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answered 15 May '16, 11:06

Gaspar's gravatar image

Gaspar ♦♦

edited 15 May '16, 11:11



Part I!

I am very much aware of being rather "naïve to the ways of the world", however:

-- Uni Leipzig (which is my most desired goal) has special courses dedicated to jurisdiction, medicine and finances as part of their MA KD. Of course it's not the same experience as studying the subject properly, but might still keep me floating.

-- I have never studied in Germany, but I have an experience communicating with German and Austrian students and professors thanks to them coming to study/teach in our university. Yet I know loads of people who studied in their countries of choice for a term or even a full year and return with zero improvement when it comes to their language skills or cultural knowledge. This leads me to an opinion that good old hard work can equal to an immersion, if not downright be more productive. However, I understand that the combination of hard work and immersion can bring absolutely wonderful benefits.

-- I am also aware of benefits that a degree in an "unrelated" field can bring, yet I am not sure that economy will be my focus point, and if I am to be extremely, really blunt -- sorry, but it's one hell of a decision, to spend 3 years studying smth you have doubts about in Germany when your life isn't eternal, when the course of rouble makes the financial situation tough, and when you're a young Russian woman still heavily dependant on her family's support to a certain extent (this is "normal" by Moscow standards, but nevertheless unpleasant).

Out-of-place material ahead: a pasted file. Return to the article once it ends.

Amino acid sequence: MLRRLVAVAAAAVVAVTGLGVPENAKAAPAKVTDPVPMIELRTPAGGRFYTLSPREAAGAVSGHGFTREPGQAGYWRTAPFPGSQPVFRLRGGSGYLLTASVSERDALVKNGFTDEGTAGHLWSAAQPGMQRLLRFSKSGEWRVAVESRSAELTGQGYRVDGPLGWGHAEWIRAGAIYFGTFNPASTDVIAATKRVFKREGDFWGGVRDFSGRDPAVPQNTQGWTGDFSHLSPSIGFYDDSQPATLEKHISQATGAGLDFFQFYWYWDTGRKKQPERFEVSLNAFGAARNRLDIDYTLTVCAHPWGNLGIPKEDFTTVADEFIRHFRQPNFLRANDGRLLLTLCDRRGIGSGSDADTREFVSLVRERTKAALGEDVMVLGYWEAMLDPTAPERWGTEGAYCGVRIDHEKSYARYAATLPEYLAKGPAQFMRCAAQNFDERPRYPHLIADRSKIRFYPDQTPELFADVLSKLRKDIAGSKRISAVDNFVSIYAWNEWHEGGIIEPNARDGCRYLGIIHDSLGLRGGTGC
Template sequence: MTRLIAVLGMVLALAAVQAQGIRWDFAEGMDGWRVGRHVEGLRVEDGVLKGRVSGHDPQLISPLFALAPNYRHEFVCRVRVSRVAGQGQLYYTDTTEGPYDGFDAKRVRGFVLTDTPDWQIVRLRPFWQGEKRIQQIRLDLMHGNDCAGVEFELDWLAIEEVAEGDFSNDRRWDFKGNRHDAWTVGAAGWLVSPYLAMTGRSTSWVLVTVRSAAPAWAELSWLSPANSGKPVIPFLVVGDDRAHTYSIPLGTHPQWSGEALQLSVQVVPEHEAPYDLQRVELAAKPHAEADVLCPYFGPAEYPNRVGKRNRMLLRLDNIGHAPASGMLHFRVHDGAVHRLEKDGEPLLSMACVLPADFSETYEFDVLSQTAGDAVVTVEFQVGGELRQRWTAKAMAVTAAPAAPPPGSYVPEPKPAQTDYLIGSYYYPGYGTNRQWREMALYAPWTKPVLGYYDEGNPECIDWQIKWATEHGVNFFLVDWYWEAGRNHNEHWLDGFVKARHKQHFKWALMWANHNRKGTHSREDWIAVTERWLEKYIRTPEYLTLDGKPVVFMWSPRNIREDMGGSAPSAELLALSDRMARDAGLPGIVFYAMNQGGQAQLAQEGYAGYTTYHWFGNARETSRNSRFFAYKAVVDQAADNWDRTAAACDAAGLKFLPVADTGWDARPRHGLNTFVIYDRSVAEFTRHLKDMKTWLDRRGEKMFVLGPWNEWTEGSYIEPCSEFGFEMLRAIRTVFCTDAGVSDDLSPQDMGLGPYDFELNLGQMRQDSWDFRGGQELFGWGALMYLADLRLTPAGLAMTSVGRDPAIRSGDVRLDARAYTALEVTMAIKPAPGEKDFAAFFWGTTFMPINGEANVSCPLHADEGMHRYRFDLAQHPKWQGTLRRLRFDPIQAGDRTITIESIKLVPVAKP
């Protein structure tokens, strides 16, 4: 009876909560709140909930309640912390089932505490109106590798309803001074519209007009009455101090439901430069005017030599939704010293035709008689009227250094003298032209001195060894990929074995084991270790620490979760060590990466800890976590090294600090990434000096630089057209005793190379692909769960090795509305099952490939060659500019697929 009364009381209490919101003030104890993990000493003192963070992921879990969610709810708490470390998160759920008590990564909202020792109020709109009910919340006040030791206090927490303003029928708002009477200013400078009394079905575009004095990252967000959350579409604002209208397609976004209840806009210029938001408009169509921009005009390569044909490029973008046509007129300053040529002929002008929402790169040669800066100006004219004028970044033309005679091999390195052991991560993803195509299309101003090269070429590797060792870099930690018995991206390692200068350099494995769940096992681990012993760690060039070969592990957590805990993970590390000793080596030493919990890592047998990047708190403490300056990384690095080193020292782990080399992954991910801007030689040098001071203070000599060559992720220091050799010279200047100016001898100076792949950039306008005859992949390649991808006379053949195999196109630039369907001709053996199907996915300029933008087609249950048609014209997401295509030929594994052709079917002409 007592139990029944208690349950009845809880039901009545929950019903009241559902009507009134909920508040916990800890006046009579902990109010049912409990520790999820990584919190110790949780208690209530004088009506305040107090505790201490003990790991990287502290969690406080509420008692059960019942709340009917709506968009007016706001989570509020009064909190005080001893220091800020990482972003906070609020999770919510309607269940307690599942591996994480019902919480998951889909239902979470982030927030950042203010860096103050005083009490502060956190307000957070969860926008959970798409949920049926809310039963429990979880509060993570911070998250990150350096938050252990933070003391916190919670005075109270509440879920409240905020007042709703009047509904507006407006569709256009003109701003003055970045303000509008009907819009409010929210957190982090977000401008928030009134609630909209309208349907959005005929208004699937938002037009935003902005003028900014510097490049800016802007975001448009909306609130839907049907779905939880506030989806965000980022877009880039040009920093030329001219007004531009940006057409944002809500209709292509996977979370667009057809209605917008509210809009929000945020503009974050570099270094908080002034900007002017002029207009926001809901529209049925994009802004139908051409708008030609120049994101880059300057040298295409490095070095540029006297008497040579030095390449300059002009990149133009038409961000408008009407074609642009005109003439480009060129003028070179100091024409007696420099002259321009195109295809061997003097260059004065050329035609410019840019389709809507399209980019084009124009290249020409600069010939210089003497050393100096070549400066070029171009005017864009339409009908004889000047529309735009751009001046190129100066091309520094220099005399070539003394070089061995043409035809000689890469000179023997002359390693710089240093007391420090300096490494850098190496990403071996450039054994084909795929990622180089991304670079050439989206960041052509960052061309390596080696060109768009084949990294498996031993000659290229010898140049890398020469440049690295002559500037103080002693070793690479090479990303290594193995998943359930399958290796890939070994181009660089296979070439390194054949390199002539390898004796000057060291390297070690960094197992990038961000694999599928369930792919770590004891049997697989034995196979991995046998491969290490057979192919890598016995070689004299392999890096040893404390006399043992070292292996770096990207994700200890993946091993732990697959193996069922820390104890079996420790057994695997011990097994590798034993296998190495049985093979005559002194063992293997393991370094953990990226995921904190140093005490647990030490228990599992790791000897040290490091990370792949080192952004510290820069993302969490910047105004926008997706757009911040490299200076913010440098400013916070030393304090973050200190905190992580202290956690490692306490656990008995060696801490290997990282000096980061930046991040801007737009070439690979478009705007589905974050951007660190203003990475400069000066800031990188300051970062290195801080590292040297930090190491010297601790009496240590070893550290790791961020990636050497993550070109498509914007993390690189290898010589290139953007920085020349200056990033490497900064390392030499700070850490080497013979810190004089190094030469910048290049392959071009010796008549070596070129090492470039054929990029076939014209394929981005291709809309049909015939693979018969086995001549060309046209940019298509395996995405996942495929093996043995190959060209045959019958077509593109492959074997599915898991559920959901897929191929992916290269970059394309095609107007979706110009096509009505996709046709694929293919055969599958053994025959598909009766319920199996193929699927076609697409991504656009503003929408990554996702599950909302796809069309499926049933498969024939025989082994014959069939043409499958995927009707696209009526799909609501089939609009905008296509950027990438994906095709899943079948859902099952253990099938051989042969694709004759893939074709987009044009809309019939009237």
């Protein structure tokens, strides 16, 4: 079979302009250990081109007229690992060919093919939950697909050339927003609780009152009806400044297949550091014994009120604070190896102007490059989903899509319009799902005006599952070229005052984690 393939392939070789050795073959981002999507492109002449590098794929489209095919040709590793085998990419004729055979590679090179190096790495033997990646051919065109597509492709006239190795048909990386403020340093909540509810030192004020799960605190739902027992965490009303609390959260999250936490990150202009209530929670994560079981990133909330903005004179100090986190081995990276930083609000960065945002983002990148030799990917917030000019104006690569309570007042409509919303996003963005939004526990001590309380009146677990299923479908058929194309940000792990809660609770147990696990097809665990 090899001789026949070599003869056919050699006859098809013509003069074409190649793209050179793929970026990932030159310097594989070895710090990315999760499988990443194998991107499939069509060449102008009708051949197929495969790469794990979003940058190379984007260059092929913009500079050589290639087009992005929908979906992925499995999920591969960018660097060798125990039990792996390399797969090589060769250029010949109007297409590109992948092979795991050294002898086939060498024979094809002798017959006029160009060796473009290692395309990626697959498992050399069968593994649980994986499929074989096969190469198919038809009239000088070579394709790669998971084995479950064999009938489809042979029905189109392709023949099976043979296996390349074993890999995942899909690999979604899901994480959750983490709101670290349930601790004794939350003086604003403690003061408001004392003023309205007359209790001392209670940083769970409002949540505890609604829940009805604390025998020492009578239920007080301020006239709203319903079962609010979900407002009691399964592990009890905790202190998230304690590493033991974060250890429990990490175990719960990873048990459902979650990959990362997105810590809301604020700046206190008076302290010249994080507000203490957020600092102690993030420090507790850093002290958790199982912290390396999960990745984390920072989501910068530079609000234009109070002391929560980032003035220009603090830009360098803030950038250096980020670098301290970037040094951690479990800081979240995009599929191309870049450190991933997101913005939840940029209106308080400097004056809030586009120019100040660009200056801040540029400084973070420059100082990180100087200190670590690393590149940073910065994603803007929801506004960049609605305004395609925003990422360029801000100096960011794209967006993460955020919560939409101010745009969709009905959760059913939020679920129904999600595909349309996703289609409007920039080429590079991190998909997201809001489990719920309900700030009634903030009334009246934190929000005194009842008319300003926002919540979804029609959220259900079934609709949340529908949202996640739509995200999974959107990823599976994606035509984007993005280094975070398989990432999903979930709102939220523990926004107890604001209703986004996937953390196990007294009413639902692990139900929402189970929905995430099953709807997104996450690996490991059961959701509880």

(15 May '16, 12:05) AimeeKite

Part II.

-- I'm well aware that I might not be accepted. I also have certain concerns about my German rather "approaching the C1" with it being my third language, rather than being a proper, stable C1 or C2. Nevertheless, the decision is made, the invitation to an admission test will come soon, and even if I fail this year, I want to at least gain experience, see how it looks on the inside and test myself. Please trust me, that decision was not a carefree one.

Nevertheless, thanks for your advice, I understand your position!